Clocking in at seventy-eight pages, Hrólf Kraki could be your beach read, or, as I read it, on an overnight April trip to the Berkshires where it snowed and my wife and I kept the gas-fireplace burning as I alternated reading to myself and sharing crazy details from this surprising and delightful little set of tales.

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  • Writer's pictureBen Hellman

Updated: Aug 19, 2021

Detail of Sludge, the Catoblepas, a wall-mounted sculpture by author, paper mache and mixed media, inspired by an illustration by David A. “DAT” Trampier in the D&D Monster Manual, 1978.

When I was a child there was a dog on my street named Sultan. It was a big, loud German Shepherd; very territorial and on a short chain in the yard at the end of my street. The kids on the street said he used to have a brother named Satan and I was too little to know what Sultan meant, so it might as well have meant the devil. Sultan’s bark penetrated my little body, even from the sidewalk across the street. No one ever walked on the sidewalk in front of his yard. Even if you weren’t afraid of him, his bark would hurt your ears.

And yet I stood and made faces and danced and managed to get Sultan crazy more than once. I never threw anything at him. I could never have gotten close enough. One day Sultan got loose and chased me under the porch of our house. It had slats on the sides and you really weren’t supposed to be able to get under there, but we cut one slat with a saw to make a secret fort. It was dank and full of spiders so this might have been the one time it was useful. I hid under the porch and Sultan paced around, ready to kill me. When he wandered far enough away, I made a break for the stockade gate to my backyard. Sultan got to me before I reached the gate, but he only nipped my little boy's leg.

This is the context in which I first read about the dreaded Catoblepas. I had played Dungeons & Dragons with my friends across the street as early as I can remember. I could have been seven or eight. The Monster Manual was the most thorough encyclopedia of anything I would have read at the time, a most valued guide of creatures from myth and legend. And amongst its much loved pages was artist David A. “DAT” Trampier’s Catoblepas. Trampier’s grumpy, rumpled creature looked like the offspring of a warthog and a brontosaurus. It had the look of having had a few too many rough nights drinking. If a Catoblepas lived on my street, or in the swamp behind my elementary school, it probably would have killed me.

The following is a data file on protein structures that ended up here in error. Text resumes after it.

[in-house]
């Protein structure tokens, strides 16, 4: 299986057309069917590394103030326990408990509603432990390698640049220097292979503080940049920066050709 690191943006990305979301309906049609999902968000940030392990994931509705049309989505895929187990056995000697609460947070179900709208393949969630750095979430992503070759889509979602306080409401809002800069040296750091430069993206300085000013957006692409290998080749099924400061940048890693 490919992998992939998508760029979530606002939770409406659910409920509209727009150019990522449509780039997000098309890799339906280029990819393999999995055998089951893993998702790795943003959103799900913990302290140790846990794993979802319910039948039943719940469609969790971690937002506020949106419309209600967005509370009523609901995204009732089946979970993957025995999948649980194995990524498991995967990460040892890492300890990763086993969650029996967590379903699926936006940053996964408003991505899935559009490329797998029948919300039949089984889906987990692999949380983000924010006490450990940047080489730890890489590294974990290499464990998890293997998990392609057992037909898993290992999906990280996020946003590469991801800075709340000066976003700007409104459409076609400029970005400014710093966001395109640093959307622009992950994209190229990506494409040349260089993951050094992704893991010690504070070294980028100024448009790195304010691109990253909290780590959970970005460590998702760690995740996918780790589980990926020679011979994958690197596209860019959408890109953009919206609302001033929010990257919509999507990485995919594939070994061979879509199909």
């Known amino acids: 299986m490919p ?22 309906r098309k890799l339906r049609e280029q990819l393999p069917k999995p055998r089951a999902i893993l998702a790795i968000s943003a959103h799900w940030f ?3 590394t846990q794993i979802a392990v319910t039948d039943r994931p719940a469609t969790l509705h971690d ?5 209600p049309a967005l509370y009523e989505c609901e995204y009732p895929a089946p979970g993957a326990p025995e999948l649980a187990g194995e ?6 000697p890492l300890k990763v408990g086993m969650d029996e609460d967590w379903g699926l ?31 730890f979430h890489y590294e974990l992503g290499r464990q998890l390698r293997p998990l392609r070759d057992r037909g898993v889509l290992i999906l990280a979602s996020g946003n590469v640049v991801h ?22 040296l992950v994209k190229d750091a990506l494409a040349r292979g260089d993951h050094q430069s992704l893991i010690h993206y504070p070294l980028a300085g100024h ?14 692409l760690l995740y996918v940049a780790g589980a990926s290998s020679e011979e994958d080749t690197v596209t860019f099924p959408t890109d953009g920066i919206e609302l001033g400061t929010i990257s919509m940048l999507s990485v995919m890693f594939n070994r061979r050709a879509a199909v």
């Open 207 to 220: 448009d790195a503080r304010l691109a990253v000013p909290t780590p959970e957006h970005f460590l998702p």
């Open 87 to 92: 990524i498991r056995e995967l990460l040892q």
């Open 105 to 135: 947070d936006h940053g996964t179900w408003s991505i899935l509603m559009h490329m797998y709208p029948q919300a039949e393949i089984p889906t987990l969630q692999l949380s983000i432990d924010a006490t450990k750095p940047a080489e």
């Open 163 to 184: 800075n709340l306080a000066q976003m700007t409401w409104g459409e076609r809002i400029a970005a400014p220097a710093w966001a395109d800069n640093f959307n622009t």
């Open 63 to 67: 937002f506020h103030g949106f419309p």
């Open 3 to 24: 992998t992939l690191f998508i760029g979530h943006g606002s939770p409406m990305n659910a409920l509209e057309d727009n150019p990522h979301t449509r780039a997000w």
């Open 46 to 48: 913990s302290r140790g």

The Catoblepas, by David A. “DAT” Trampier, from a celebration of his art from Heavy Metal’s “The D&D Monster Manual Art of Dave “DAT” Trampier”. Trampier’s story is a poignant one. His art is iconic and recognizable to players of a certain vintage, but despite his success in his 20s, he left behind illustrating and disappeared from public life. After being discovered in a college newspaper story he refused offers to return to the industry until he was diagnosed with cancer. He died in 2014.

The strange nature of Catoblepas was that its gaze could kill you, but its name came from the Greek verb meaning “to look downward,” Romanized from Κατωβλεψ, because its neck was thought to be too weak to hold up its head. So it was very unlikely to look up at you. And therein, I believe, was its charm to me. I had seen Ray Harryhousen’s Clash of the Titans and would not have dared to seek out Medusa. She was fast and wily and very scary (in addition to turning one to stone.) But Trampier’s Catoblepas was a sluggish looking creature and I would have tried to sneak up behind it and whack it with a stick. Which is why it would have probably killed me.

Images of the Catoblepas From Natural Histories

Images of the Catoblepas from historical natural history texts, (left) Der Naturen Bloeme manuscript, 1350, from the National Library of the Netherlands; and (right) by Jan Jonston, from Historia Naturalis de Quadrupedibus, 1614, Amsterdam.